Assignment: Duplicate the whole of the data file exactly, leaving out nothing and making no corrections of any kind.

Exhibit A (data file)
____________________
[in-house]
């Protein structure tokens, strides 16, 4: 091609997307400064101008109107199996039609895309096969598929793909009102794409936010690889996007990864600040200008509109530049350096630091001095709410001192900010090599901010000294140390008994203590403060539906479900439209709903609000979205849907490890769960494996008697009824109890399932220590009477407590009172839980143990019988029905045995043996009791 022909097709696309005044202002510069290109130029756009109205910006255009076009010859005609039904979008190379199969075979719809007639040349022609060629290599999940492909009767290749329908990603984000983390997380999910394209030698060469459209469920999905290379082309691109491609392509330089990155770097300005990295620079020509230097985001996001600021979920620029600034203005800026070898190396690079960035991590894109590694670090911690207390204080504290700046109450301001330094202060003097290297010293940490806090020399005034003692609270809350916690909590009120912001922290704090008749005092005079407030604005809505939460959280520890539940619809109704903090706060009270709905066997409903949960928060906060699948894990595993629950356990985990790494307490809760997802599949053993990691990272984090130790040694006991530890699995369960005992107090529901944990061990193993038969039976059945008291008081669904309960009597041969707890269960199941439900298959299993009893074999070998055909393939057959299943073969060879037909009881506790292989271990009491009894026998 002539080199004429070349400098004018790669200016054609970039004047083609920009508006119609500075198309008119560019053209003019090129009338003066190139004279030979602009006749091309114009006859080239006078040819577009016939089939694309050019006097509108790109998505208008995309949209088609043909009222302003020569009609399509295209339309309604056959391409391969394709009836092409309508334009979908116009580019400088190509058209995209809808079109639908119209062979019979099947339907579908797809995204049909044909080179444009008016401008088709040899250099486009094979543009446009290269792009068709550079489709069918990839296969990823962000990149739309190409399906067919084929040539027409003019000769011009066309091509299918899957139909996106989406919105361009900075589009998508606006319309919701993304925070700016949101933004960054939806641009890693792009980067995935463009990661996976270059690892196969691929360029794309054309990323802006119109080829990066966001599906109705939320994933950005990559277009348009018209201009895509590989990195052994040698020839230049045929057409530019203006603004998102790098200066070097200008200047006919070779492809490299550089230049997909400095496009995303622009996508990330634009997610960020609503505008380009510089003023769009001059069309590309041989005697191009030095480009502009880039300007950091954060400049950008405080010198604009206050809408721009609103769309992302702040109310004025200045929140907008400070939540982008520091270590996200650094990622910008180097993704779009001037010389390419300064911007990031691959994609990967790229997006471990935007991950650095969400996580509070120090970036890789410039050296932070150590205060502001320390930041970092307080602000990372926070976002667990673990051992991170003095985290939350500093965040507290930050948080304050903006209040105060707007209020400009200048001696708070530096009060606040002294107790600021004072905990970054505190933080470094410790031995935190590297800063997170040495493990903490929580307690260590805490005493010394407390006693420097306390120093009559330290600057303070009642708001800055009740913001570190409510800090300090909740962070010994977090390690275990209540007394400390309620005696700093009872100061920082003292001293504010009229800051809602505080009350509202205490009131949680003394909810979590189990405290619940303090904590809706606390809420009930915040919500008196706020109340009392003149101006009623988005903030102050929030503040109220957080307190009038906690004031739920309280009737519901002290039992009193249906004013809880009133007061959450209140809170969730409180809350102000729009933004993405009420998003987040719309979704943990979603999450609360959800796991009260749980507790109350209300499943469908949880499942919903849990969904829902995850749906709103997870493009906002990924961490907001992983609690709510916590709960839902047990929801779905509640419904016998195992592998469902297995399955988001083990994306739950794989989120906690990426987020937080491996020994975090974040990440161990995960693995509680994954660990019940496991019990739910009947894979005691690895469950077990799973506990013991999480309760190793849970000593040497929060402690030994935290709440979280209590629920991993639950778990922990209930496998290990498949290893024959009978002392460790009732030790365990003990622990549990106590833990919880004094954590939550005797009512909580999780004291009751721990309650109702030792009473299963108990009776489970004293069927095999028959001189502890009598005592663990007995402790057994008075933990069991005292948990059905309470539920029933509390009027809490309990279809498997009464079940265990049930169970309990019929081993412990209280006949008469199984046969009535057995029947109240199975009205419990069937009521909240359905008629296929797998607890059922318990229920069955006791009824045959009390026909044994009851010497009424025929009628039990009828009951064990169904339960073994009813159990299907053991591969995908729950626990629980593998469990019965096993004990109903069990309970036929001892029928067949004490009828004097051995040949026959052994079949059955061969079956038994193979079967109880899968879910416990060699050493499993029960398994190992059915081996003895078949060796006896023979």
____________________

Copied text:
[in-house]
């Protein structure tokens, strides 16, 4: 091609997307400064101008109107199996039609895309096969598929793909009102794409936010690889996007990864600040200008509109530049350096630091001095709410001192900010090599901010000294140390008994203590403060539906479900439209709903609000979205849907490890769960494996008697009824109890399932220590009477407590009172839980143990019988029905045995043996009791 022909097709696309005044202002510069290109130029756009109205910006255009076009010859005609039904979008190379199969075979719809007639040349022609060629290599999940492909009767290749329908990603984000983390997380999910394209030698060469459209469920999905290379082309691109491609392509330089990155770097300005990295620079020509230097985001996001600021979920620029600034203005800026070898190396690079960035991590894109590694670090911690207390204080504290700046109450301001330094202060003097290297010293940490806090020399005034003692609270809350916690909590009120912001922290704090008749005092005079407030604005809505939460959280520890539940619809109704903090706060009270709905066997409903949960928060906060699948894990595993629950356990985990790494307490809760997802599949053993990691990272984090130790040694006991530890699995369960005992107090529901944990061990193993038969039976059945008291008081669904309960009597041969707890269960199941439900298959299993009893074999070998055909393939057959299943073969060879037909009881506790292989271990009491009894026998 002539080199004429070349400098004018790669200016054609970039004047083609920009508006119609500075198309008119560019053209003019090129009338003066190139004279030979602009006749091309114009006859080239006078040819577009016939089939694309050019006097509108790109998505208008995309949209088609043909009222302003020569009609399509295209339309309604056959391409391969394709009836092409309508334009979908116009580019400088190509058209995209809808079109639908119209062979019979099947339907579908797809995204049909044909080179444009008016401008088709040899250099486009094979543009446009290269792009068709550079489709069918990839296969990823962000990149739309190409399906067919084929040539027409003019000769011009066309091509299918899957139909996106989406919105361009900075589009998508606006319309919701993304925070700016949101933004960054939806641009890693792009980067995935463009990661996976270059690892196969691929360029794309054309990323802006119109080829990066966001599906109705939320994933950005990559277009348009018209201009895509590989990195052994040698020839230049045929057409530019203006603004998102790098200066070097200008200047006919070779492809490299550089230049997909400095496009995303622009996508990330634009997610960020609503505008380009510089003023769009001059069309590309041989005697191009030095480009502009880039300007950091954060400049950008405080010198604009206050809408721009609103769309992302702040109310004025200045929140907008400070939540982008520091270590996200650094990622910008180097993704779009001037010389390419300064911007990031691959994609990967790229997006471990935007991950650095969400996580509070120090970036890789410039050296932070150590205060502001320390930041970092307080602000990372926070976002667990673990051992991170003095985290939350500093965040507290930050948080304050903006209040105060707007209020400009200048001696708070530096009060606040002294107790600021004072905990970054505190933080470094410790031995935190590297800063997170040495493990903490929580307690260590805490005493010394407390006693420097306390120093009559330290600057303070009642708001800055009740913001570190409510800090300090909740962070010994977090390690275990209540007394400390309620005696700093009872100061920082003292001293504010009229800051809602505080009350509202205490009131949680003394909810979590189990405290619940303090904590809706606390809420009930915040919500008196706020109340009392003149101006009623988005903030102050929030503040109220957080307190009038906690004031739920309280009737519901002290039992009193249906004013809880009133007061959450209140809170969730409180809350102000729009933004993405009420998003987040719309979704943990979603999450609360959800796991009260749980507790109350209300499943469908949880499942919903849990969904829902995850749906709103997870493009906002990924961490907001992983609690709510916590709960839902047990929801779905509640419904016998195992592998469902297995399955988001083990994306739950794989989120906690990426987020937080491996020994975090974040990440161990995960693995509680994954660990019940496991019990739910009947894979005691690895469950077990799973506990013991999480309760190793849970000593040497929060402690030994935290709440979280209590629920991993639950778990922990209930496998290990498949290893024959009978002392460790009732030790365990003990622990549990106590833990919880004094954590939550005797009512909580999780004291009751721990309650109702030792009473299963108990009776489970004293069927095999028959001189502890009598005592663990007995402790057994008075933990069991005292948990059905309470539920029933509390009027809490309990279809498997009464079940265990049930169970309990019929081993412990209280006949008469199984046969009535057995029947109240199975009205419990069937009521909240359905008629296929797998607890059922318990229920069955006791009824045959009390026909044994009851010497009424025929009628039990009828009951064990169904339960073994009813159990299907053991591969995908729950626990629980593998469990019965096993004990109903069990309970036929001892029928067949004490009828004097051995040949026959052994079949059955061969079956038994193979079967109880899968879910416990060699050493499993029960398994190992059915081996003895078949060796006896023979």